And maybe more than that. Bowden says Tet spurred not just a lack of trust about Vietnam policy, but a more general disregard for government officials that continues to this day.

"On the heels of Hue," says Bowden, "on the heels of Tet then came the Pentagon Papers, came the Watergate break-in, a series of kind of catastrophic events in terms of the public's perception of its own leaders."

A month after the Tet Offensive Johnson went on TV and said he would press for peace, stop the bombing in North Vietnam. Then he dropped his own bombshell: He would not seek another term as president.

Howard Prince watched it from his hospital bed in Texas, recovering from wounds he suffered at Hue.

"I was ready to throw a bed pan at the television set," he recalls, "because to me what that was was an admission of defeat and a denial of the sacrifice that all those young men had made and that I had made."

The Tet Offensive was an American military victory, says Prince. And Johnson should have taken the fight to North Vietnam and gone after the enemy's safe havens in Laos and Cambodia.

"We're doing the same thing today with the Taliban in Afghanistan," Prince says. "We're allowing you to run over into the borderlands in Pakistan and do the same thing."

Bowden agrees that even today, there are military parallels to the Vietnam War.

"We often find ourselves mired in situations where we don't have the cultural understanding, we don't have the historical understanding," Bowden says. "We can't gain the support of the people whether it's in Iraq or Afghanistan, and it stems from a kind of an arrogance and a general ignorance."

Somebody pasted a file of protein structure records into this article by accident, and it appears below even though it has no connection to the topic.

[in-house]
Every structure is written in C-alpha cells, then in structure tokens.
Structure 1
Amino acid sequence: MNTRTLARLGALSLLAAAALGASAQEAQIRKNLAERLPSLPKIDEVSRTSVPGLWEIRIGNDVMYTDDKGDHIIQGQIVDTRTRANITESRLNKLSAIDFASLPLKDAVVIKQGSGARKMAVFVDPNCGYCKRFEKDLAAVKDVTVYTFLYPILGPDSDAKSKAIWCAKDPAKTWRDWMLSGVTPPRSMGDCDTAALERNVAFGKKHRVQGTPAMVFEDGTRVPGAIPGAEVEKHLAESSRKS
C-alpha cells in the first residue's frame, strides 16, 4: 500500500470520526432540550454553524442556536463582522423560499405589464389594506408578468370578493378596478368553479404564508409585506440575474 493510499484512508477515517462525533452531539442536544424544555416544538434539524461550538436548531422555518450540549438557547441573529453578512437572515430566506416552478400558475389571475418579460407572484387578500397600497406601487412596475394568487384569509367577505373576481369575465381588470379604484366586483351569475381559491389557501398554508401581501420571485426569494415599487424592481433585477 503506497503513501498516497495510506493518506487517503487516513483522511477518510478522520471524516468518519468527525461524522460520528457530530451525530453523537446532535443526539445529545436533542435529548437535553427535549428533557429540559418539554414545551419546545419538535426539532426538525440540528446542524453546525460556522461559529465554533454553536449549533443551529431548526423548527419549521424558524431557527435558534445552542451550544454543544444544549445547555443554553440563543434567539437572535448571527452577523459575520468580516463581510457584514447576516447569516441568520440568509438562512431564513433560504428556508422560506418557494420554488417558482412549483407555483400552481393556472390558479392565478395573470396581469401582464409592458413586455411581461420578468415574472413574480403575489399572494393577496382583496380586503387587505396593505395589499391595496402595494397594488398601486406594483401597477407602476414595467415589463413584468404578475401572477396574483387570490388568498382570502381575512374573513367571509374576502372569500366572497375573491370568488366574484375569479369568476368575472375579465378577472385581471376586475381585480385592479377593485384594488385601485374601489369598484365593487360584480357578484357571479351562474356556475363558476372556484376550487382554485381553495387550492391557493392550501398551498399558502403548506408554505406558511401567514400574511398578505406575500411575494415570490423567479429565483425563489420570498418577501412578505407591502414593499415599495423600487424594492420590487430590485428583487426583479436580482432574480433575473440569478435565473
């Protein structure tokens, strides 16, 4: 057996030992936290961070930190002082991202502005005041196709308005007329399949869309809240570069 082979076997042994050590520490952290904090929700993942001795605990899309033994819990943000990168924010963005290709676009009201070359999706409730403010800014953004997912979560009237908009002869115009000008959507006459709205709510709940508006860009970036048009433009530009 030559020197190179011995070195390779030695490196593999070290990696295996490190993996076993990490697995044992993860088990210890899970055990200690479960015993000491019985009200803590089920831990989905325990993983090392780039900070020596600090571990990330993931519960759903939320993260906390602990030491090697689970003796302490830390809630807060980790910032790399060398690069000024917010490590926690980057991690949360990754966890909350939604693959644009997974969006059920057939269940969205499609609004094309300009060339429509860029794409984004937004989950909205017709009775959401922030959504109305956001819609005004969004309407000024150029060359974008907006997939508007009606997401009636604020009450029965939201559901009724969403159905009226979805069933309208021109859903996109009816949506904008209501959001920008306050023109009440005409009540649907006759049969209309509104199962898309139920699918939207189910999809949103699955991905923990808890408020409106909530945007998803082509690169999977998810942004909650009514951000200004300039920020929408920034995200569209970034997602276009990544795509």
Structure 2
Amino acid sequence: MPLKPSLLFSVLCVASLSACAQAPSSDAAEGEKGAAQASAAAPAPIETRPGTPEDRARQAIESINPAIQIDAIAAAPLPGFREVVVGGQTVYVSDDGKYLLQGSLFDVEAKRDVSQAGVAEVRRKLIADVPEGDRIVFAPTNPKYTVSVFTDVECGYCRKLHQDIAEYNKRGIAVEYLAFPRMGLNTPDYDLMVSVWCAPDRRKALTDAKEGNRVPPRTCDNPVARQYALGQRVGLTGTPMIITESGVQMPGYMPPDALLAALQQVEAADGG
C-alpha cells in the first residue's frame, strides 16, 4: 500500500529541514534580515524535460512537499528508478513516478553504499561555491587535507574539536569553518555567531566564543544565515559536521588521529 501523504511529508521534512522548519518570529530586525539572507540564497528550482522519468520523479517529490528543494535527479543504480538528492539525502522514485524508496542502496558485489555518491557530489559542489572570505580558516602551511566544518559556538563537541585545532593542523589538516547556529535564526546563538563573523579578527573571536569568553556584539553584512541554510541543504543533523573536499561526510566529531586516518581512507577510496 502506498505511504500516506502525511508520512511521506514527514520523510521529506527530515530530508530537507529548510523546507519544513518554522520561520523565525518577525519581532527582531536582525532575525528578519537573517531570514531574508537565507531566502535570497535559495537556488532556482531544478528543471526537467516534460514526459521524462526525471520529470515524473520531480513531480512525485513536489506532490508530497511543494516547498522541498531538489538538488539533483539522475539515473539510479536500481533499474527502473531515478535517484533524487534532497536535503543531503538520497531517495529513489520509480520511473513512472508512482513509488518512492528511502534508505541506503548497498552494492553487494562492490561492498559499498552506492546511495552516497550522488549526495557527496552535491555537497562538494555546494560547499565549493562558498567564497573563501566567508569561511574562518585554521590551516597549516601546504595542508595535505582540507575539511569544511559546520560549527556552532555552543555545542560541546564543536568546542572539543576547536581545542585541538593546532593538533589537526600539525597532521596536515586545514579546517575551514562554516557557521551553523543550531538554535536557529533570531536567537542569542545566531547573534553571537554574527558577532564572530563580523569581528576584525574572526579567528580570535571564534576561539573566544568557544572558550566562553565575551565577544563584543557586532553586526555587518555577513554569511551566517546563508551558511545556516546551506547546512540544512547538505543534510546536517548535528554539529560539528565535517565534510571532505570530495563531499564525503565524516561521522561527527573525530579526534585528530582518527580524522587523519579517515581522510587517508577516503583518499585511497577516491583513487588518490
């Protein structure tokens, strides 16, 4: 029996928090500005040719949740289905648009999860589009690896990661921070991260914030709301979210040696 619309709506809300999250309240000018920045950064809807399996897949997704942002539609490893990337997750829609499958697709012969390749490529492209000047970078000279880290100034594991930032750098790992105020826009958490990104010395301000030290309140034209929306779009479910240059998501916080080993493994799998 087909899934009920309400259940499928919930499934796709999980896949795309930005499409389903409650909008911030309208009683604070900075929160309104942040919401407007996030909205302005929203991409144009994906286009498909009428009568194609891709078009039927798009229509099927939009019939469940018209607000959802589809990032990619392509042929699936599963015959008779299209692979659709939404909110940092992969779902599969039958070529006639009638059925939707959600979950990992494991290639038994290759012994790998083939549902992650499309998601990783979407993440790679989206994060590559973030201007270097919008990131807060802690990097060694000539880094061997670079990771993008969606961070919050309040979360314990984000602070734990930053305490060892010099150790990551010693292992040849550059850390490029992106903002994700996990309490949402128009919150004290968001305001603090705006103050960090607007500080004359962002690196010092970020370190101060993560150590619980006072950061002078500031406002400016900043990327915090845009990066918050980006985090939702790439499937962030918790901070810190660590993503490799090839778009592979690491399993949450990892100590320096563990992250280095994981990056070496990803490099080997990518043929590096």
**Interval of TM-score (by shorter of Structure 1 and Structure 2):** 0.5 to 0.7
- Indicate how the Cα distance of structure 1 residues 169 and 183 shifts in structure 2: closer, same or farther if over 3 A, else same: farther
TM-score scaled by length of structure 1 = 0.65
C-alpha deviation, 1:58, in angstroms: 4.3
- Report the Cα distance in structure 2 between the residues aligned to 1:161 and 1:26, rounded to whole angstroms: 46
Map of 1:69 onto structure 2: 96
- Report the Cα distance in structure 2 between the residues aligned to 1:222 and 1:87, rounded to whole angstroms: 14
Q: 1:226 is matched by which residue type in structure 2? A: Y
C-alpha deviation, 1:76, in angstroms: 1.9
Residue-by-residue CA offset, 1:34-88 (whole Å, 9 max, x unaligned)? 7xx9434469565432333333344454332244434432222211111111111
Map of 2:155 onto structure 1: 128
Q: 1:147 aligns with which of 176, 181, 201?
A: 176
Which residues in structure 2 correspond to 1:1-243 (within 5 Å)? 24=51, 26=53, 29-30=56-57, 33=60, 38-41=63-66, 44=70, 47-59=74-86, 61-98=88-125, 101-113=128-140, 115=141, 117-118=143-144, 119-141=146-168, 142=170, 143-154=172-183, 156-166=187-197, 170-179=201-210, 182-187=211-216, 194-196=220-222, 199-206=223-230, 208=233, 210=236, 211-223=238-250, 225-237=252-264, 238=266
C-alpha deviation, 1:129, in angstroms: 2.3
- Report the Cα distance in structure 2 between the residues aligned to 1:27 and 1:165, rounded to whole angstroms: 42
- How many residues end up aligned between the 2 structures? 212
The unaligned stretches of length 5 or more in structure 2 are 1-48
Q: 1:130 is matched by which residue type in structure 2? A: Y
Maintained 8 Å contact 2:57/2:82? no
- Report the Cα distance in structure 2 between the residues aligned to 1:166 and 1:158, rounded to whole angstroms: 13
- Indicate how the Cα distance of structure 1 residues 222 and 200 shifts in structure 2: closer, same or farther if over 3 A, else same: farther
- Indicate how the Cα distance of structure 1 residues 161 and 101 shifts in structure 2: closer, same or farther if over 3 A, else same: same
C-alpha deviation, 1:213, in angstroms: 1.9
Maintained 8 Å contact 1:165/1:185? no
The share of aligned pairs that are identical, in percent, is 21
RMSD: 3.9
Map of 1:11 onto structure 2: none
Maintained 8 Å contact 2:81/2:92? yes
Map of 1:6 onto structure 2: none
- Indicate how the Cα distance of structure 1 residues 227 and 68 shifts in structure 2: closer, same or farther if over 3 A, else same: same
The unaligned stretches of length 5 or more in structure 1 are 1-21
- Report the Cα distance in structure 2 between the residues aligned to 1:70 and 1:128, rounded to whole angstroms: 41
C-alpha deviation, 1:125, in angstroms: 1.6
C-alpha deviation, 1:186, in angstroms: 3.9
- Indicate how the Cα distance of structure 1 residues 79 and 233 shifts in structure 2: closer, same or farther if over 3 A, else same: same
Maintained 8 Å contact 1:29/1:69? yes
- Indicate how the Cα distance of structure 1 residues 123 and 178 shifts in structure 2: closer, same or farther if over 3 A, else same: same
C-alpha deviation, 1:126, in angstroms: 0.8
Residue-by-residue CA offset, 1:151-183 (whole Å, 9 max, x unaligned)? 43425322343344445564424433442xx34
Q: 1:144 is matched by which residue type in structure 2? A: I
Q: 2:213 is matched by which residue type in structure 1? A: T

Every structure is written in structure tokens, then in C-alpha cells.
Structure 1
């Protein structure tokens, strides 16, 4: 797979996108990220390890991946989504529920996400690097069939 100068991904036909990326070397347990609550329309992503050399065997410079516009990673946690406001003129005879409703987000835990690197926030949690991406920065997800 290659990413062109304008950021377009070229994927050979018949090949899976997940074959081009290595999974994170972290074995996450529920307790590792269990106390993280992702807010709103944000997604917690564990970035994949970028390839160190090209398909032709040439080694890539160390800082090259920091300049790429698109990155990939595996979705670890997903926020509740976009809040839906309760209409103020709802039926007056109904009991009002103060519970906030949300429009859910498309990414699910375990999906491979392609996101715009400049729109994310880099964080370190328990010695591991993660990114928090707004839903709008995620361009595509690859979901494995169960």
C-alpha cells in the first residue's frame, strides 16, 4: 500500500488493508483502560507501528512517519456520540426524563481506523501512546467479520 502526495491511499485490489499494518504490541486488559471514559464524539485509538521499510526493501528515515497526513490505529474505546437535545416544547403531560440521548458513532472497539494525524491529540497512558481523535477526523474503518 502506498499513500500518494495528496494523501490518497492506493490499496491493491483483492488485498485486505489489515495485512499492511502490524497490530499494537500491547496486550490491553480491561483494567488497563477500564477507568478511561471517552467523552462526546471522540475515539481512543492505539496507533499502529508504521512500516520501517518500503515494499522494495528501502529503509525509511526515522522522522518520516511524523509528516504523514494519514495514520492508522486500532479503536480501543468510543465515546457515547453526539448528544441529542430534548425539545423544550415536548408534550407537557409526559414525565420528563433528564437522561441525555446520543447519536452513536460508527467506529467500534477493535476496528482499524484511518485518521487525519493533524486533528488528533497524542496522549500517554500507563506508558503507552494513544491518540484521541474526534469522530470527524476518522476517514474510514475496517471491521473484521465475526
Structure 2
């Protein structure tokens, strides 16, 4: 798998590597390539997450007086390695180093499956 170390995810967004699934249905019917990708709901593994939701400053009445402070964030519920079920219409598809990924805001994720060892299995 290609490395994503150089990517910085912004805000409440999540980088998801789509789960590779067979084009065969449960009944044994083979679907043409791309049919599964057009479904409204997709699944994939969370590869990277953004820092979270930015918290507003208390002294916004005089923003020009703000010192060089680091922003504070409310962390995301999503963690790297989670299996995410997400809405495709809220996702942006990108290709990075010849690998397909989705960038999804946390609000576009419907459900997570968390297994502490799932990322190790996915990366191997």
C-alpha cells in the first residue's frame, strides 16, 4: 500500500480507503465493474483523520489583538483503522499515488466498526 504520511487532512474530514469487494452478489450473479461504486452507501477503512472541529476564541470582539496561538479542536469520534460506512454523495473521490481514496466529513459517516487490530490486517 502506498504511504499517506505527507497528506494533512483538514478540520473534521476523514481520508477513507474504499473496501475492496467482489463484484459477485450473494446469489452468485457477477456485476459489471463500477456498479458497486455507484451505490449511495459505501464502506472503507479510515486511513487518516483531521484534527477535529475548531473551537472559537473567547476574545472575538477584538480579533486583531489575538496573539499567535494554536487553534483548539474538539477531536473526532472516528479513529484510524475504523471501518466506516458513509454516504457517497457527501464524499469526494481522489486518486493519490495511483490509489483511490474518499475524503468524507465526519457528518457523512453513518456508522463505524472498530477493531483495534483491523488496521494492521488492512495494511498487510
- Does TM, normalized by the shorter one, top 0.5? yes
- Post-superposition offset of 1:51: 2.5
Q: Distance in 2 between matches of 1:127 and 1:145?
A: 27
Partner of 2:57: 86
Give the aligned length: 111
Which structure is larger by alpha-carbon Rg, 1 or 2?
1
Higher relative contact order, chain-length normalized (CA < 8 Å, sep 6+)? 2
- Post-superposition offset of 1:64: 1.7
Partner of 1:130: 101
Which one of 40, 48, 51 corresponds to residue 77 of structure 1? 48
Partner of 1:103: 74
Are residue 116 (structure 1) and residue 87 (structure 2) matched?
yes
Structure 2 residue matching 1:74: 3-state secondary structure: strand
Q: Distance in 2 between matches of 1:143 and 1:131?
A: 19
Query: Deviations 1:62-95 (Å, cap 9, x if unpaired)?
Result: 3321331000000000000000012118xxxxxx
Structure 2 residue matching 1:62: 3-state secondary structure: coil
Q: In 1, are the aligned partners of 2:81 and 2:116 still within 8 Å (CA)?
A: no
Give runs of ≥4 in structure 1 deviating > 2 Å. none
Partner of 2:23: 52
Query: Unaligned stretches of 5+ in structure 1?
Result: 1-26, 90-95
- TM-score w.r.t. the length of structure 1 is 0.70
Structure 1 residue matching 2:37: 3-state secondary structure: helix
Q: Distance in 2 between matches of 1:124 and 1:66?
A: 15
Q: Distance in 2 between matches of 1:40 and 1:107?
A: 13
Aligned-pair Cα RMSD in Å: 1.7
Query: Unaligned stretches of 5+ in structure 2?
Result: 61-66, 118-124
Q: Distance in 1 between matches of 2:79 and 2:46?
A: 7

For his part, Mark Downs, another young Marine officer, will only say he and his men did their best.

This week Downs will remember those from Fox Company who were killed or wounded. Their names are carefully written in a small notebook he carried during those days a half century ago. And he begins to read the names.

"The killed were, I think he was a PFC, Stanley Murdock. D.I. Collins. A corpsman by the name of Gosselin, Doc Gooslin. Cristobal Figueroa-Perez."

And Downs says they were killed in just the first few hours of the battle of Hue, which would last for weeks. During that time the casualty rate for his company reached around 60 percent killed or wounded, a rate similar to the D-Day landings at Normandy during World War II. Copyright 2018 NPR. To see more, visit https://www.npr.org/.